The October-30-version agenda is below; check for updates.    Both of the new MolDx medical directors, Dr. Bien-Willner and Dr. Gerrard, are on the agenda for Thursday November 8.  They are also speaking the prior day, November 7, in San Diego at the AdvaMed Dx West Coast Summit (here).   

On a separate note, November 9 is the SoCalBio digital health 2nd annual conference, to be held in Long Beach; last year's first annual DHealth conference was excellent.

October 30 Version (click to enlarge)

Thursday, October 25, 2018

Very Brief Blog: MolDx Posts Job Opening for Another Medical Director

The MolDx program recently brought on MD-PhD molecular pathologist Gabriel Bien-Willner as medical director (here).  As circulated within AMP and elsewhere, MolDx (part of South Carolina BCBS) has posted a position for another medical director who is a pathologist.

BCBS job posting here.  I've clipped text below the break.

Trump, Azar Propose Lower Drug Payments in US Medicare - Original Documents

In an October 25, 2018, press briefing, President Trump and Secretary of Health Alex Azar proposed for public comment several new programs to lower drug payments in Medicare, such as simply and directly benchmarking Part B prices to an international drug price index.
  • See New York Times here.  Business Insider here.  The Hill here.  Axios here.  MedCity here.  Fiscal Times here.  "Who Loses Most," at BioPharmaDive, here.  Late follow up at Stat, 12/10/18, here.
  • See CMS quite detailed press release here.
  • See 12-page Federal Register PDF of "advance notice of rulemaking" here.
    • This federal document specifically introduces the program as fulling President Donald Trump's vision.
    • Public comment will be taken for 60 days.  
    • Document CMS-5528-ANPRM, RIN 0938-AT91, 83 Fed Reg 54546-61.
  • See also the 19-page HHS ASPE report on international drug prices, vis a vis US prices, here and here.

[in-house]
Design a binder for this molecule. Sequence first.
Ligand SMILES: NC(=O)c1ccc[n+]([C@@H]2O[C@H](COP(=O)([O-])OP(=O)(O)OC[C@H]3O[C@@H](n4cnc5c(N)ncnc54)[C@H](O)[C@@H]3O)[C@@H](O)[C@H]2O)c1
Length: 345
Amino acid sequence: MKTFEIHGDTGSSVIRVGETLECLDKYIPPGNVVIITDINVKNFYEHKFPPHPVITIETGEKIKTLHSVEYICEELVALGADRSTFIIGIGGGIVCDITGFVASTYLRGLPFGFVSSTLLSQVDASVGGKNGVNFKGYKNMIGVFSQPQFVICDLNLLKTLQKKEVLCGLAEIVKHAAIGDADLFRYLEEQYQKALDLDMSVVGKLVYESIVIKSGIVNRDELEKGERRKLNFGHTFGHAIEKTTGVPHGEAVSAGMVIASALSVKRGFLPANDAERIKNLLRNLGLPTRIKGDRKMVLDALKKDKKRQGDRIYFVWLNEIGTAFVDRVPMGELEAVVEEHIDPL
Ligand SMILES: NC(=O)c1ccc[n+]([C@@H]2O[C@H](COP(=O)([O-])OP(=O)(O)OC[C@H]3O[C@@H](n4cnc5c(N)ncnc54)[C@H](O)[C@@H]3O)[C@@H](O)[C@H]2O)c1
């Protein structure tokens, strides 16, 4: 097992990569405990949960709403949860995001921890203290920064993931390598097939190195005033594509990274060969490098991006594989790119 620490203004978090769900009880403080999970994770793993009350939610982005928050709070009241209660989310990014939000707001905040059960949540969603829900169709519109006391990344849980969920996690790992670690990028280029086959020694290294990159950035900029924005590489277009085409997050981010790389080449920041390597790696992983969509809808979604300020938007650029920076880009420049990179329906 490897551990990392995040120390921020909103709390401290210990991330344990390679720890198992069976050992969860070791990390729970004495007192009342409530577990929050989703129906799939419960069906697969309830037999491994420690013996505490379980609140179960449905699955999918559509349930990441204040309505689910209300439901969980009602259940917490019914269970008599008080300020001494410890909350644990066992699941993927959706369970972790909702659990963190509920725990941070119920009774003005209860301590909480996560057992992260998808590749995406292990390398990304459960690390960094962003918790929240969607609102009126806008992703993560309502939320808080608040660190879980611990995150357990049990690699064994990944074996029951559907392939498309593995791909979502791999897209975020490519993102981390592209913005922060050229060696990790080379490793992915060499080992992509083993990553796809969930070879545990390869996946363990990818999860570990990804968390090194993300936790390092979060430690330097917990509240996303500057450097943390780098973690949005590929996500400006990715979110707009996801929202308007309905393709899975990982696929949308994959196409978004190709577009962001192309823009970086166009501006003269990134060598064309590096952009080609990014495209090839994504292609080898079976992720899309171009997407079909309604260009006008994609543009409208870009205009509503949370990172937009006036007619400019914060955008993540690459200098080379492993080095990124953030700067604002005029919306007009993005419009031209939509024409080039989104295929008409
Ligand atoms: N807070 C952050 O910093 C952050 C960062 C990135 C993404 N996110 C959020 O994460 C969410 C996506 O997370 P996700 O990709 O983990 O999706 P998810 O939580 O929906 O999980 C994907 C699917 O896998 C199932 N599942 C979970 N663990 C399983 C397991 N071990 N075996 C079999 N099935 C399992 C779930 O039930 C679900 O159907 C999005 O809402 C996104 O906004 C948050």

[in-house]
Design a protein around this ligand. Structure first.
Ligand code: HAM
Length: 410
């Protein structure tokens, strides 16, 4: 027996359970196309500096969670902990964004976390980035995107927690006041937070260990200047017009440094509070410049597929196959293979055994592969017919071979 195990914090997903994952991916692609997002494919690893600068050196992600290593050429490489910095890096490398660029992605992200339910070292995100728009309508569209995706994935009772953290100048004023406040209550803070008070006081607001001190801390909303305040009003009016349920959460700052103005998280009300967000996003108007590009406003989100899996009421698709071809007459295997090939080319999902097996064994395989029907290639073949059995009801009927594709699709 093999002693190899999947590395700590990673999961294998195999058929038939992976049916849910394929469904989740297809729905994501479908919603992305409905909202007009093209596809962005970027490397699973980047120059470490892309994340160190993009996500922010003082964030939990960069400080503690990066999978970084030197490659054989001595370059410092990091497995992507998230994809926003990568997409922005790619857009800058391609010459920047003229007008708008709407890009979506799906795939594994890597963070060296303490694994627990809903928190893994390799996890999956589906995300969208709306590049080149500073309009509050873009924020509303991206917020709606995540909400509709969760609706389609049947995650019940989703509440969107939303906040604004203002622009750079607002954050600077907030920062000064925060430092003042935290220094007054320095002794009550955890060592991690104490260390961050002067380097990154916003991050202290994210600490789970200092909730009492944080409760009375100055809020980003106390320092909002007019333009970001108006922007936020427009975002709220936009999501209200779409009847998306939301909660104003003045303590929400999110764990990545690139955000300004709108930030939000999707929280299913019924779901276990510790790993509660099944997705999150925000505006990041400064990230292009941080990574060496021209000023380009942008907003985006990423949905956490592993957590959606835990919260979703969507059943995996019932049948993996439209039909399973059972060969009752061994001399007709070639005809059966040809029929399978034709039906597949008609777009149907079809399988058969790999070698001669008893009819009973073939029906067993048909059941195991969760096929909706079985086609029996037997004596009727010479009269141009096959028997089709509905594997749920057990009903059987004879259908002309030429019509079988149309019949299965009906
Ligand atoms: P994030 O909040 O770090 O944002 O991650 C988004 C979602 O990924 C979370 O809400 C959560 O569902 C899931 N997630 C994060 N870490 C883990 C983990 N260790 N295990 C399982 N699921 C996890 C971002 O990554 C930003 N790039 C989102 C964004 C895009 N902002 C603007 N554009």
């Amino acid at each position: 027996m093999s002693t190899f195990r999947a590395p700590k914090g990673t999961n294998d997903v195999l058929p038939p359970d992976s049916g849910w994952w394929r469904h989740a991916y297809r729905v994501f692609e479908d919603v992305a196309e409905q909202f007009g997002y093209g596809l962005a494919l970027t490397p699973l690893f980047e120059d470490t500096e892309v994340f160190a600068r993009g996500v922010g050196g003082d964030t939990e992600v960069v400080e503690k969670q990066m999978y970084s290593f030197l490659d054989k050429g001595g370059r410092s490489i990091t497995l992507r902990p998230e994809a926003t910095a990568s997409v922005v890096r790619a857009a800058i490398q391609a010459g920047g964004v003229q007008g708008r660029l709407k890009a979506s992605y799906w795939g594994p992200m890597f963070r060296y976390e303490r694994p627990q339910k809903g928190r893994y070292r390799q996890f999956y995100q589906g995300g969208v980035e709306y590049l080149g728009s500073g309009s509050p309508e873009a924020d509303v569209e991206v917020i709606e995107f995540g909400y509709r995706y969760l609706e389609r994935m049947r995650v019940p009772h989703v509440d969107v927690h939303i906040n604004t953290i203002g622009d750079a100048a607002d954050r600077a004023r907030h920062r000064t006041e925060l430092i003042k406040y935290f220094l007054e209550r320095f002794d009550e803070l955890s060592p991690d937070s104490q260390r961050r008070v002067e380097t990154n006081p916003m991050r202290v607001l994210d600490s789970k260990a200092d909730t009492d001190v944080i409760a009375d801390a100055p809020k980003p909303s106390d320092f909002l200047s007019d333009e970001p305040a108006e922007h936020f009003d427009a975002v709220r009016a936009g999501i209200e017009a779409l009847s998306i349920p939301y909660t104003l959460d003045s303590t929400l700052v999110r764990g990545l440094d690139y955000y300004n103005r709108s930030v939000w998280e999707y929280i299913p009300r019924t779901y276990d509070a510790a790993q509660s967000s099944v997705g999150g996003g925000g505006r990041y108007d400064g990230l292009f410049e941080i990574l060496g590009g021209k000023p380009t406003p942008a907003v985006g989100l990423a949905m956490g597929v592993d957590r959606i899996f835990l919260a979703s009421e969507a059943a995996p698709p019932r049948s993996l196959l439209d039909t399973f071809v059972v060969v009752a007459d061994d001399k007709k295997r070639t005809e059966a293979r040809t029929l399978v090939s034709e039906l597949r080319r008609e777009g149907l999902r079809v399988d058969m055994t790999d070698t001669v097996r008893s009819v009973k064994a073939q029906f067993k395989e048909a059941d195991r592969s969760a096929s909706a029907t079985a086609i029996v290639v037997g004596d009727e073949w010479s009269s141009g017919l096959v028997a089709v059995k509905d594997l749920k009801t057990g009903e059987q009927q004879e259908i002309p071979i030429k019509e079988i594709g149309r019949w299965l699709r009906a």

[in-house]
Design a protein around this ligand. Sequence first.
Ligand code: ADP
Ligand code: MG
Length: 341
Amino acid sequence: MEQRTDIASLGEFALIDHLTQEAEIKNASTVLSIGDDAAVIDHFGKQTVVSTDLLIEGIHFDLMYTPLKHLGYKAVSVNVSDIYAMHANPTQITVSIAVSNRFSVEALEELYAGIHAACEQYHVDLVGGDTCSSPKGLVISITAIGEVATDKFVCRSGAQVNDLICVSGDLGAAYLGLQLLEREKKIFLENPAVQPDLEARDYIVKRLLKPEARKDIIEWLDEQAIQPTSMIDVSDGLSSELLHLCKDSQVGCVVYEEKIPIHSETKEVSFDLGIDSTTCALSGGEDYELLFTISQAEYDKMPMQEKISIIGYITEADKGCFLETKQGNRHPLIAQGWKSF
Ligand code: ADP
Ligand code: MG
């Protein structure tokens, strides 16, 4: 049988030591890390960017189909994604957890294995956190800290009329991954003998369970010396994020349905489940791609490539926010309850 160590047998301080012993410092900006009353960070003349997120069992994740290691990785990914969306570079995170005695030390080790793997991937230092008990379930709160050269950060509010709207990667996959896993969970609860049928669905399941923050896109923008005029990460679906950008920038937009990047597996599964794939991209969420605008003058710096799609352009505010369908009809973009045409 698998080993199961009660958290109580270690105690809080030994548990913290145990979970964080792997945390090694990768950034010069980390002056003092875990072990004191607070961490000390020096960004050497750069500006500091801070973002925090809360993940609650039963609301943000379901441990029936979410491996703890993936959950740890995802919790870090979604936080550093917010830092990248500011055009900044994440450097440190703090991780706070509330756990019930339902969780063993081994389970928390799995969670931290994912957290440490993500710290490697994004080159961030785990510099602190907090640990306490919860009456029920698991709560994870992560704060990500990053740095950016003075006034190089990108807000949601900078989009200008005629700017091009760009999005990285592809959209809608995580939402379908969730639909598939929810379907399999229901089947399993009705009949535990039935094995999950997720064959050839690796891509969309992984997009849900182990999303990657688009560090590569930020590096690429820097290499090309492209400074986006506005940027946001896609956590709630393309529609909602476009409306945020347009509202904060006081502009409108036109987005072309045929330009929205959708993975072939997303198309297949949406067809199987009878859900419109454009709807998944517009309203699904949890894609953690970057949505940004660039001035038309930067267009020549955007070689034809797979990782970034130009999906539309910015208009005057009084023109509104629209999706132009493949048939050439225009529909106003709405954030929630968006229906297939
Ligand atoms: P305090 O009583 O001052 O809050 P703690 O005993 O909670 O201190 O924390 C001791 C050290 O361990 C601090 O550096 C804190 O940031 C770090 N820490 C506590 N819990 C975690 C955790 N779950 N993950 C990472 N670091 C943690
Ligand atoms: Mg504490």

• Update: For a May 2019 Health Affairs article on bringing international prices to Medicare, Yang et al., here.
  • Trump speech on Youtube at this link, here [13 min].

One feature of the programs will be to create a reference price list, the International Pricing Index Model, IPI, based on a range of other countries.  This is not proposed rulemaking; it is a generalistic description of a model that will be posted soon for official comment, and might, at the earliest, lead to CY2020 implementation.  Actual rulemaking would likely be extremely complex.

The program will be enacted through the wide-ranging authority of the Center for Innovation (CMMI) to conduct demonstration programs that waive existing Medicare law.*   The Obama administration proposed less sweeping changes to drug pricing, via CMMI, which were canceled weeks after the Trump election, though before the inaugural.

For the Drug Pricing on TV regulation, here.


In his 13-minute comments, Trump thanks Secretary Azar, and called out attendees Seema Verma and Scott Gottlieb.  He noted that it "had been decades" since a President came to HHS and noted that Obama never gave a speech there.  He referred to the May 2018 Drug Pricing Blueprint and noted the accelerated approvals of more generics at FDA.  He also referred to the new Know the Lowest Price act.   He noted that Americans are benefiting from the new drugs but other countries have them too at far lower prices.  (He did not mention that American companies might choose not to release the drugs elsewhere at too-low prices.)

He noted that for "an eye drug that prevents blindness" Medicare pays $1B but at international rates would pay $187M.    He referred to "a cancer drugs that is seven times more expensive" in the US.  He noted another part of the new system will be paying doctors a flat rate when delivering expensive drugs (not a price-based supplement).  He noted that Part D and Part C/Medicare Advantage premiums are going downward and "this is a word you haven't ever heard" in healthcare.  He decried a socialistic health plan in the House and by Dems that would destroy Medicare and Medicare Advantage (presumably the Medicare for All ideas.)